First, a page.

Over his last six games, the Packers’ quarterback is playing the best football that arguably anyone in the league has played all season, and the stats — while tremendous — don’t even properly show how good Rodgers has been since Green Bay was blown out by the Titans on Nov. 13 in Nashville.
Over Rodgers’ last six games, he’s posted an average quarterback rating of 119, scored 15 touchdowns (14 through the air, one on the ground), thrown zero interceptions, and has averaged 289 passing yards per contest and 8.49 yards per pass attempt.
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Oh, and the Packers, once 4-6 on the season and in all sorts of disarray, have won five-straight games and head to Detroit with a chance to win the NFC North Sunday.
But for all the rightful talk about Rodgers’ great run and what it and Week 17’s game means for the NFL’s MVP race, his counterpart at quarterback this week has a chance to make an equally impressive push on Sunday.
It’s unlikely that the Lions will be able to do a thing to lock down Rodgers and the Packers offense in a winner-takes-the-division contest Sunday — the Lions have the worst pass defense in the NFL and a run defense that’s bottoming out fast. With one of the league’s worst pass rushes and only 10 interceptions on the season, the Lions are allowing quarterbacks to complete nearly 73 percent of passes this year, though you only needed to watch how easy it was for the Cowboys to score on Monday night to understand the poor form of the Lions defense heading into Sunday’s game.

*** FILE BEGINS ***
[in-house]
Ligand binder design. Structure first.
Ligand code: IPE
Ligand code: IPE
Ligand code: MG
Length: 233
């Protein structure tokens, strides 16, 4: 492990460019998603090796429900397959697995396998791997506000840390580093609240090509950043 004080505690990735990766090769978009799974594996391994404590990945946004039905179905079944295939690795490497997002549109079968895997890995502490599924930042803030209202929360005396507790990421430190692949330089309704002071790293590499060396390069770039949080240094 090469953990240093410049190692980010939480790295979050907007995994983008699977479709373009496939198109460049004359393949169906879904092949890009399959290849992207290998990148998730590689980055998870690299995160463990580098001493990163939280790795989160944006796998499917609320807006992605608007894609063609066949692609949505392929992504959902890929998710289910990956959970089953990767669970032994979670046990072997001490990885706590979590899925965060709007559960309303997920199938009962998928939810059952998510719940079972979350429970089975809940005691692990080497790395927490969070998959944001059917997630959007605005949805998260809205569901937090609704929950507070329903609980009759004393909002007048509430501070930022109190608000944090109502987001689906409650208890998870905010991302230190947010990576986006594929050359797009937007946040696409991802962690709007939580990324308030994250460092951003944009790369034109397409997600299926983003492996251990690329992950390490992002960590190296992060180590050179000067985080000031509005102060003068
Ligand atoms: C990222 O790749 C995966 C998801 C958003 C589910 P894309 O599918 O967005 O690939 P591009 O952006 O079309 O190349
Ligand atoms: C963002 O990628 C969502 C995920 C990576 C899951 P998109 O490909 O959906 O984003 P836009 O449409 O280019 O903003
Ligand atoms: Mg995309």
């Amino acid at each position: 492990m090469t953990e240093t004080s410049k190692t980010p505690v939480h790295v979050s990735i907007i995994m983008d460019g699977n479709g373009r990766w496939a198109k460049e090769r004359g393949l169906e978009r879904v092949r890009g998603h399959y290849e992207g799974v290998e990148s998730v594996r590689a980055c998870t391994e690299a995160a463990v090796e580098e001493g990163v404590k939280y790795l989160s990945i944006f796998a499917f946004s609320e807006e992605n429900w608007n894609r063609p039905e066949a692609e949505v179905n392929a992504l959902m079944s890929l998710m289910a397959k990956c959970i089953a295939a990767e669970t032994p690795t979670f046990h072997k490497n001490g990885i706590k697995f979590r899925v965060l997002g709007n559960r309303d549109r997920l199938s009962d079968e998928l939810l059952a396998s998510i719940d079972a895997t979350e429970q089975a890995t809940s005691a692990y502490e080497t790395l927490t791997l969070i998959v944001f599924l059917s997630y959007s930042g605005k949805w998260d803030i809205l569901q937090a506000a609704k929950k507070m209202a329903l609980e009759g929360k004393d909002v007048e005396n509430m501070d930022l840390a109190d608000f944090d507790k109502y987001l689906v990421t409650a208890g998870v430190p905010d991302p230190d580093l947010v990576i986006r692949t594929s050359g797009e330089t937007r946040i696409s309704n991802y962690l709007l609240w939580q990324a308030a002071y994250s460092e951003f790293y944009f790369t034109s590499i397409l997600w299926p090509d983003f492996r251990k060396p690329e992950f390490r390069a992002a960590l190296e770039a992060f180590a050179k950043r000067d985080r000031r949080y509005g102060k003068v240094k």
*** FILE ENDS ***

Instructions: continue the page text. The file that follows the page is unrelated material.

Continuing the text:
Unless there’s some next-level self-sabotage on the Green Bay sideline or an injury to Rodgers, the Packers are going to put a solid chunk of points on the board Sunday — there’s not much the Lions’ woeful defense will be able to do to stop that from happening.
So if the Lions want to win the NFC North and guarantee a spot in the playoffs, they’re going to need Matt Stafford to be better than Rodgers on Sunday.
That’s not a small ask, but Stafford is up to the task.
The problem is he hasn’t shown it since the Lions’ Week 13 win over the Saints. Since that contest, and against two pretty bad pass defenses in the Cowboys and Bears, Stafford has been a below-average quarterback.
Getty Images/Leon Halip
You can blame his injured middle finger on his right hand — that’s not a small injury (you’d never ask a baseball pitcher to throw with dislocated and torn ligaments in his middle finger) — but Stafford refuses to use it as an excuse for five turnovers and an average quarterback rating of 66.6 over his last three games.
And because Stafford says so, the finger is not an excuse. So Stafford has to be better, and the Packers will provide ample opportunity for that.
Don’t let Russell Wilson’s five-interception game a few weeks back fool you, the Packers’ pass defense has been pretty woeful in recent weeks (though one could argue woeful is an improvement over the team’s play before the winning streak started).
There’s a reason the Packers’ run defense was at one point the best unit, statistically in the league — no one bothered to run when it was so easy to pass (the same argument could be held against the new “No. 1 rush defense”, the Cowboys, today).
There are touchdowns and deep throws to Golden Tate available for Stafford, especially if center Travis Swanson is back in the lineup, but no one can say with an ounce of certainty if Stafford is capable of carving up Green Bay’s defense with his throwing hand in its current condition.
If Stafford remains ineffective, the Lions will rest their playoff hopes on Kirk Cousins’ performance against the Giants (which might be the advantageous position compared Washington’s).
But if Stafford looks like his old self and leads the Lions to the NFC North crown (and possibly a first-round bye), the late-season MVP buzz might swap sidelines at Ford Field.